What disturbs the [somewhat positive] picture presented above are the results of certain research. A portion of the research literature offers a different narrative for many young women. The sociological background of this phenomenon offers increased clarity which suggests a more complex view of hooking up. It starts with the double standard for the sexes which, while reduced, still exists and reflects the lack of equality and the greater need for more progress. Kimmel (2008), whose extensive surveys of students at college campuses, maintains that hooking up is really about male culture and their desires. Females accommodate to this culture. Thus, he claims, “When a guy says he hooked up with someone he may or may not have sex with her, but he is certainly hoping that his friends think he has. A woman, on the other hand, is more likely to hope they think she hadn’t” (Kimmel, 2008, p.197).
“The stereotype that males chase sex and are driven by lust but that females chase relationships and are driven by love” still has current valence (Reid, Elliot & Webber, 2011p. 548; see also Bogle, 2008). This leads to the idea that young women can have sex within relationships but young men are free to pursue sex indiscriminately. Thus, the hidden message for women seems to be the encouragement of being sexually attractive, thus inducing male’s desire, but not the active pursuit of their own desire. (This is the view of passive females that Freud wrote about in the early 20th century.) If females desire sex they are easily considered bad girls, sluts and hos (Armstrong, Hamilton & England, 2010). Thus, a study demonstrates that high school females’ popularity decreases with more partners even when some of these interactions become established relationships (Reid, Elliot &Webber 2011).. High school males, by contrast, experience an increase in popularity (Kreager and Staff, 2009). In college such men are called “studs” and “players” (Kreager and Staff, 2009) Women are not given favorable labels. In college hook-ups it is clear that females have to delimit their desire to guarantee their status as viable for future relationships.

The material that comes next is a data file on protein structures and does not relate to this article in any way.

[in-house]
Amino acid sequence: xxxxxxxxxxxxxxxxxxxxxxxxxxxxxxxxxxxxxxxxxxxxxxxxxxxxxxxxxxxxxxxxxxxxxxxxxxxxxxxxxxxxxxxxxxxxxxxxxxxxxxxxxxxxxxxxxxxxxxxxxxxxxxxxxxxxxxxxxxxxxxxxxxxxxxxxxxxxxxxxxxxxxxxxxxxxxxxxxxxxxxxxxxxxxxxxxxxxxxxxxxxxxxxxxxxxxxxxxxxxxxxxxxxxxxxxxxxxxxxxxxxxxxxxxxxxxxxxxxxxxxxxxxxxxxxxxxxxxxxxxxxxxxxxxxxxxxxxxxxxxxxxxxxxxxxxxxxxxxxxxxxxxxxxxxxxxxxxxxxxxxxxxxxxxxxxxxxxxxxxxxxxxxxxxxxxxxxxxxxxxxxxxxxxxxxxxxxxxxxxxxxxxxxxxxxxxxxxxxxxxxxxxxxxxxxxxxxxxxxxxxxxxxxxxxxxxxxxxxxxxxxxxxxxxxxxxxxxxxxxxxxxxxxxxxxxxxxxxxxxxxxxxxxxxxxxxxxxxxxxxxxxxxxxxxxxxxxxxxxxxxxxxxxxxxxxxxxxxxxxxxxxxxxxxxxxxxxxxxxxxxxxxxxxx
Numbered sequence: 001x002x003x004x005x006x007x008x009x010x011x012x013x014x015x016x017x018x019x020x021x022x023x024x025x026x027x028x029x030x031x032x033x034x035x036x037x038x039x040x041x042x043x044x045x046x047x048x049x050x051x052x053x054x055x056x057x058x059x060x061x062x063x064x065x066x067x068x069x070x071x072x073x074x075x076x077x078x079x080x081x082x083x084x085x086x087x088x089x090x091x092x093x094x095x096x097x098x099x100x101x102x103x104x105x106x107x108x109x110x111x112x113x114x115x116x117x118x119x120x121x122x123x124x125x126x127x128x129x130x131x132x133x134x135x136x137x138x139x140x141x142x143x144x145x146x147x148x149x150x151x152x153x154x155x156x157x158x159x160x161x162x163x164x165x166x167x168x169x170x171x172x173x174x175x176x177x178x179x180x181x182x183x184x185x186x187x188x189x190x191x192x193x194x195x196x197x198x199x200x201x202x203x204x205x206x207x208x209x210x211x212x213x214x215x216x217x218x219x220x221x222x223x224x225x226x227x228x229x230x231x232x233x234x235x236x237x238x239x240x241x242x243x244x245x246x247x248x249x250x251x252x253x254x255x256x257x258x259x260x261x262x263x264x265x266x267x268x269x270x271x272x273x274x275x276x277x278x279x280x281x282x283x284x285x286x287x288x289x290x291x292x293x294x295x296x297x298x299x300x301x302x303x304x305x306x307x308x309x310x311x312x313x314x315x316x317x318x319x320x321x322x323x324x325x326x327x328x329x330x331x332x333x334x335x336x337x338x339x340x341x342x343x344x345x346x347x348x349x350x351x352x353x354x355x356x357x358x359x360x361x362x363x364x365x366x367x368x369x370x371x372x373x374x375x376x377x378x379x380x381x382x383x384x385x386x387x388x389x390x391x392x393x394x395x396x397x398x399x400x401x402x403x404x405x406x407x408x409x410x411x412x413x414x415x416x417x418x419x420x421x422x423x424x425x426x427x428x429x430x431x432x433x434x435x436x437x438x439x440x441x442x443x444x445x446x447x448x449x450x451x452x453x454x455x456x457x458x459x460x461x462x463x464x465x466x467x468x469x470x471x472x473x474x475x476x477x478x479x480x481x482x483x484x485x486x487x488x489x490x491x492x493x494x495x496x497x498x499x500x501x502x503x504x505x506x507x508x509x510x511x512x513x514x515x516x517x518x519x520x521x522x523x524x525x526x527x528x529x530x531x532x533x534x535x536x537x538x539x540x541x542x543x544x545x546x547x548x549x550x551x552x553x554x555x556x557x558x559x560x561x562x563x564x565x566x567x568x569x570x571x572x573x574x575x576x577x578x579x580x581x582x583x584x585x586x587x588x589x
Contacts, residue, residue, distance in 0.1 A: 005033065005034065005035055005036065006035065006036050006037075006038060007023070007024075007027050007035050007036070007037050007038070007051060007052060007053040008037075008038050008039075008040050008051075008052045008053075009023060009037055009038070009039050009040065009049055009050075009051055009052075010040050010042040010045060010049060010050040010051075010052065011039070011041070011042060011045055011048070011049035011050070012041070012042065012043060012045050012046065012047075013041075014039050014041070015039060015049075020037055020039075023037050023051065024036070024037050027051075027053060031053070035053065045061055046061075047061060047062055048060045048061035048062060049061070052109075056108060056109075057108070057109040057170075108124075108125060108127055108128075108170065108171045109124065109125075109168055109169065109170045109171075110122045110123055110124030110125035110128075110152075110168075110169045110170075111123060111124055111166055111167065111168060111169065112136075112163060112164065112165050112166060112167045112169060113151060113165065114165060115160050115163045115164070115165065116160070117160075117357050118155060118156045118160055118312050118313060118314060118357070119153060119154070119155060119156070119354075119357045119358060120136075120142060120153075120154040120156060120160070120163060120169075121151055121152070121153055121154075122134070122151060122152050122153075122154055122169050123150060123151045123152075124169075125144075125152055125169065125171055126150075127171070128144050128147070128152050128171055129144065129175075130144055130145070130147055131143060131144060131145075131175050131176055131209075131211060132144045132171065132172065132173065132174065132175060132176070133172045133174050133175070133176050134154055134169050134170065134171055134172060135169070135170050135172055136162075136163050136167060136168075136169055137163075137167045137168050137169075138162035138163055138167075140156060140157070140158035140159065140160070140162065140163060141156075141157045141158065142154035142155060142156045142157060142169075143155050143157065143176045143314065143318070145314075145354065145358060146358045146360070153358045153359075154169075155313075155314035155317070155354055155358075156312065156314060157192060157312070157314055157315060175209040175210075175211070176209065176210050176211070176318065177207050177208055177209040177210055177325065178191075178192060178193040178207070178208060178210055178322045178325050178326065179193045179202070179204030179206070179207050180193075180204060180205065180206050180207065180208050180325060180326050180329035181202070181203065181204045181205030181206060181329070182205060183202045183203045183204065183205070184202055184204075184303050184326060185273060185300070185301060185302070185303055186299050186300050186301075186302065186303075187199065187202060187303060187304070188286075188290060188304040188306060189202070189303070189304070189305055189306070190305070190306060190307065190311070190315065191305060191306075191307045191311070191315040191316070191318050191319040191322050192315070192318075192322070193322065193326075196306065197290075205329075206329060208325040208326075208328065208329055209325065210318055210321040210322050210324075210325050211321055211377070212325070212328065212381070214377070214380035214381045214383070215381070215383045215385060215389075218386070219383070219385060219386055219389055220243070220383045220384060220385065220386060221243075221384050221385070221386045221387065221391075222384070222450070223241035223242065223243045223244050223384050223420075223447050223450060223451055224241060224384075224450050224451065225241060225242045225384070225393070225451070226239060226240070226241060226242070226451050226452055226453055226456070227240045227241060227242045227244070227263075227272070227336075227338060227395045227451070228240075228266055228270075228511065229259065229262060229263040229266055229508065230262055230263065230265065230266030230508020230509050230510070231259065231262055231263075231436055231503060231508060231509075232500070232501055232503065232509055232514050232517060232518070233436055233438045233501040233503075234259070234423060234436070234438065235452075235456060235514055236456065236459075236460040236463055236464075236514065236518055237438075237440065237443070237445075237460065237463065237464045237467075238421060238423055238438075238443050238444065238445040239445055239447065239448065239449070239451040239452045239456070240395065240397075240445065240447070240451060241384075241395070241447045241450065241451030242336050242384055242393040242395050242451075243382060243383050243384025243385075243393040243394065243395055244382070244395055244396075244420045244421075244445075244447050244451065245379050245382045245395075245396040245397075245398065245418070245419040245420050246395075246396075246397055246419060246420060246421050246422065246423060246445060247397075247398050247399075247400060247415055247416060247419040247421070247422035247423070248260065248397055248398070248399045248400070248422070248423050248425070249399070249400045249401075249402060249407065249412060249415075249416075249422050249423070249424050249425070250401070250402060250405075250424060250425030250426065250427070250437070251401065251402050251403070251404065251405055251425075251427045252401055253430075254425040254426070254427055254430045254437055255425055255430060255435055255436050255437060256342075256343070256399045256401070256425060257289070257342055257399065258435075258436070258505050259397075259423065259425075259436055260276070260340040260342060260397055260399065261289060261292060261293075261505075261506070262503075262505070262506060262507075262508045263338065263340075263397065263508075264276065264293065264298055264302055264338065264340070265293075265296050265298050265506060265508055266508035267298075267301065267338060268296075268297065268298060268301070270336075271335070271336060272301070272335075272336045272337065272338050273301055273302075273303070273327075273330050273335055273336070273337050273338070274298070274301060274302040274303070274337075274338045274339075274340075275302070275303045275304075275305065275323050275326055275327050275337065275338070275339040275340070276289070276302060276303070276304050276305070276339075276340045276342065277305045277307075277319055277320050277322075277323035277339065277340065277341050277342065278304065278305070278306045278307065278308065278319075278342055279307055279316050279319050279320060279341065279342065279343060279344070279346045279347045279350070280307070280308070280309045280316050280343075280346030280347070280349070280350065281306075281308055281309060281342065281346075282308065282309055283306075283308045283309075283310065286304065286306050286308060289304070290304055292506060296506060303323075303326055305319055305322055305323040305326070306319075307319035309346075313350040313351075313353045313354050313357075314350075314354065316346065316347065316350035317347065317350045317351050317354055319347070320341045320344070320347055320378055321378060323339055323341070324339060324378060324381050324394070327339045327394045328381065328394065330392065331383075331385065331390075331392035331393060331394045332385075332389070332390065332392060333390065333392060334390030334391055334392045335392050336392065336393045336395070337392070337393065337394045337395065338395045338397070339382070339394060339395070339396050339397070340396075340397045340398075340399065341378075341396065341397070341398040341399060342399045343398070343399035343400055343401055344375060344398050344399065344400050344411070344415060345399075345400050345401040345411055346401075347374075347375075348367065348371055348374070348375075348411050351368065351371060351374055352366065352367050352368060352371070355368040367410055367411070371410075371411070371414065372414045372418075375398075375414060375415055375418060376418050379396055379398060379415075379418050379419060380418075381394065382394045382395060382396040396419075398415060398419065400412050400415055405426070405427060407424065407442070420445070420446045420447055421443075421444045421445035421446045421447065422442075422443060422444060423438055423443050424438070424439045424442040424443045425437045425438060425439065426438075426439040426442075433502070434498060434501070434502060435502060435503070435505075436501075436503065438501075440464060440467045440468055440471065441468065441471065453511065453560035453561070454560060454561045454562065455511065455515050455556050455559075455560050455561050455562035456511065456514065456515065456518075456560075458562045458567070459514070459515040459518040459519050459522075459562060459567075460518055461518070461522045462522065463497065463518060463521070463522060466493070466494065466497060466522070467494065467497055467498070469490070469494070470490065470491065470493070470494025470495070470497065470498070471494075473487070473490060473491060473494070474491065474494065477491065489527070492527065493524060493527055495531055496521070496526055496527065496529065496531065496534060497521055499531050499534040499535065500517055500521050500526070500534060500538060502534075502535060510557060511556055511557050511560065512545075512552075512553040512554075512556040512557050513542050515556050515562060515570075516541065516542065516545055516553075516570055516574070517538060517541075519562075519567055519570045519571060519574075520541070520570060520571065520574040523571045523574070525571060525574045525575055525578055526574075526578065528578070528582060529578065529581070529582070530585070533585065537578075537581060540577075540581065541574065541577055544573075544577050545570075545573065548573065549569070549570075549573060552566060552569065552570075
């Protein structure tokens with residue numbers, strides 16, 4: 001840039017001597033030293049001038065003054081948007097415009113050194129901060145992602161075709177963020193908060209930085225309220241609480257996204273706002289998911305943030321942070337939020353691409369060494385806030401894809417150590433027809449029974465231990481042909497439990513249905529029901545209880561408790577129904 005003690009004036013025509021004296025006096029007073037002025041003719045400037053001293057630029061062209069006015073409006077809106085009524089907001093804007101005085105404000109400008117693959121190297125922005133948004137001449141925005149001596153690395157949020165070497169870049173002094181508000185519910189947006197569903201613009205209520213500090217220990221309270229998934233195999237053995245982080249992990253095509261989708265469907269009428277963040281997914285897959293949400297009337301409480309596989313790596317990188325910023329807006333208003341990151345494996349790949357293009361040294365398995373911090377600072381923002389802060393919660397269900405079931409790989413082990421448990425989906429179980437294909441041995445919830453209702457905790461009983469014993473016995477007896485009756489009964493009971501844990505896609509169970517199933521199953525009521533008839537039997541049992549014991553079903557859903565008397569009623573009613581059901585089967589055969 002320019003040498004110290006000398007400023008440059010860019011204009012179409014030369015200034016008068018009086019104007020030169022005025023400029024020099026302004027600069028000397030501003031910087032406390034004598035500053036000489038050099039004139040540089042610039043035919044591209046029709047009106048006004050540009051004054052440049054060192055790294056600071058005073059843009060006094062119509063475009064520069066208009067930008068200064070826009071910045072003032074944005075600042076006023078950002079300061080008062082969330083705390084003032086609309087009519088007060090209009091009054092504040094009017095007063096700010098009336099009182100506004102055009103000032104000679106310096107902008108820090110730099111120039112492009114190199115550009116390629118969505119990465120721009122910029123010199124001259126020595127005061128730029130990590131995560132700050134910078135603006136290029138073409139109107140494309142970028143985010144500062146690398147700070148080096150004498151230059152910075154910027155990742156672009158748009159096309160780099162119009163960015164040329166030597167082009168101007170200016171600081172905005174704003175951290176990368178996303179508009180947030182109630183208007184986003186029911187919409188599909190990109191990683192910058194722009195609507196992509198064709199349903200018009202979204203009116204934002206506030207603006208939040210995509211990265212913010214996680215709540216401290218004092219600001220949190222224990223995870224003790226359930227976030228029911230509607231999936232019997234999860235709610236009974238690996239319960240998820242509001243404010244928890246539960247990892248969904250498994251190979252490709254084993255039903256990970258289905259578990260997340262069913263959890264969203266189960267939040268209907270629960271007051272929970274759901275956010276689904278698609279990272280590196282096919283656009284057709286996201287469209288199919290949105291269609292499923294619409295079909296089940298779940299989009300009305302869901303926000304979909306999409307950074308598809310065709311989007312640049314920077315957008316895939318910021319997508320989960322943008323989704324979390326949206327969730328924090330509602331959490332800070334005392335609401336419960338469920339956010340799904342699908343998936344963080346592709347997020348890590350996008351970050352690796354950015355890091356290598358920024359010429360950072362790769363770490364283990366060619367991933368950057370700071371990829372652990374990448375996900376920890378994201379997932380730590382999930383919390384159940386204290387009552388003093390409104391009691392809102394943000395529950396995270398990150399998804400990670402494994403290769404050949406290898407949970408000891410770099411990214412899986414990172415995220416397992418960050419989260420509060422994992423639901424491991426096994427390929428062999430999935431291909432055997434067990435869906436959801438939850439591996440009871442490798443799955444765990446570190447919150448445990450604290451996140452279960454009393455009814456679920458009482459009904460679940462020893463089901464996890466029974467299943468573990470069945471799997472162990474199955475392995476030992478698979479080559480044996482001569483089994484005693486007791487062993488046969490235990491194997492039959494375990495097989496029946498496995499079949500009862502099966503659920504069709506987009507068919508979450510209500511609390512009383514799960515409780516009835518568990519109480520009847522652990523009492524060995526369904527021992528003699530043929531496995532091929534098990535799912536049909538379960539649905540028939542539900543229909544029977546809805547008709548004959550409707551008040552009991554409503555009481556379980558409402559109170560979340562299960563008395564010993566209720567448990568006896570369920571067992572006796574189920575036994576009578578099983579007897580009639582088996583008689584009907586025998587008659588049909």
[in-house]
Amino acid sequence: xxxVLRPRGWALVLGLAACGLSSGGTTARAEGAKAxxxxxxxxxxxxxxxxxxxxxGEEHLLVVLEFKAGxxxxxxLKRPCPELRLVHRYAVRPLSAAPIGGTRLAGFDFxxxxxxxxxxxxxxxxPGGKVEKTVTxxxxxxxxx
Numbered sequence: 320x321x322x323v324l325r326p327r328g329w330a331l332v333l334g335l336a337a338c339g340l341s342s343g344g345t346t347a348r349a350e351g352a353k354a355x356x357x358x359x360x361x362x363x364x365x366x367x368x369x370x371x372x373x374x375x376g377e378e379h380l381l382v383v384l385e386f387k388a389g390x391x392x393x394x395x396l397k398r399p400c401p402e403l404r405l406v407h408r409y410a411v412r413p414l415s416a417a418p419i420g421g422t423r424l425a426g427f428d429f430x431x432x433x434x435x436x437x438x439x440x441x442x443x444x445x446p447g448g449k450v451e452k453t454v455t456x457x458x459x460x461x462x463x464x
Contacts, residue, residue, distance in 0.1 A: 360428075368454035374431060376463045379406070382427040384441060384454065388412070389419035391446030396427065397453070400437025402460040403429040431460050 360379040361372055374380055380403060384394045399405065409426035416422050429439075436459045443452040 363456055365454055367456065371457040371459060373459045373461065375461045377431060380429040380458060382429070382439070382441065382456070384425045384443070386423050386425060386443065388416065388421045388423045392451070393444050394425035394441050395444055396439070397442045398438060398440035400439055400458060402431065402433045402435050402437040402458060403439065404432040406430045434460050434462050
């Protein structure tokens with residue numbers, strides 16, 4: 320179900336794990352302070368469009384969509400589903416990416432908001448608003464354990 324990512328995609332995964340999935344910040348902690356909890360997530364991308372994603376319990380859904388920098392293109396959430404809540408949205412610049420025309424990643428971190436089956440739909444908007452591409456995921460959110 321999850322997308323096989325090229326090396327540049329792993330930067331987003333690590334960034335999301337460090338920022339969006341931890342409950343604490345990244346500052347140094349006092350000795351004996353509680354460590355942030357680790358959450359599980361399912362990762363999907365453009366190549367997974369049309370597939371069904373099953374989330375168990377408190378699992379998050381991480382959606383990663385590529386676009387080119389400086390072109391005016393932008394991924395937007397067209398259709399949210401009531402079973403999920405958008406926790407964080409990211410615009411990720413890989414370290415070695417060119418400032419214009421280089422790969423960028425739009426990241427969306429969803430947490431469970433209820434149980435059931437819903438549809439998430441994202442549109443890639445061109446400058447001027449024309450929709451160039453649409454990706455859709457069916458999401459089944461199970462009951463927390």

It is also relevant to illuminate the cultural and psychosocial factors that engage males during the period of high school, college, and somewhat beyond. Male attitudes and behavior contribute to a negative impact on women’s sexual experience. Investigation of males between the ages of 16 to 26 illuminate their development and the pressures they experience (Kimmel, 2008. ) This author maintains that these young boys and men continue to live out the Peter Pan syndrome. They never quite grow up. They are plagued by group and family demands to be “manly” and this idea is accommodated with its fantasy distortion of what it means to be manly. They drink, focus on sex and conquests, watch pornography, play video games, concentrate on sports, and see violent shoot-em-up movies. If not following these rules they can readily be labeled as ‘faggots” (Corbett, 2001) and suffer the physical and psychological abuse that follows this label.
Heterosexual males of college age appear less interested in relationships with females. Their buddy connections appear far more important, therefore the expressions, “hanging out with their bros” and “Bros before hoes.” These expressions mean that nothing should interfere with their relationship to the guys in their group, especially not girlfriends or females in general. What is important to them are such questions as how each man stands in the pecking order; how manly or studly he is; how frequently does he “score”? He wants to be seen as a cool virile guy by his male friends, or as a patient offered, a” big dick guy.”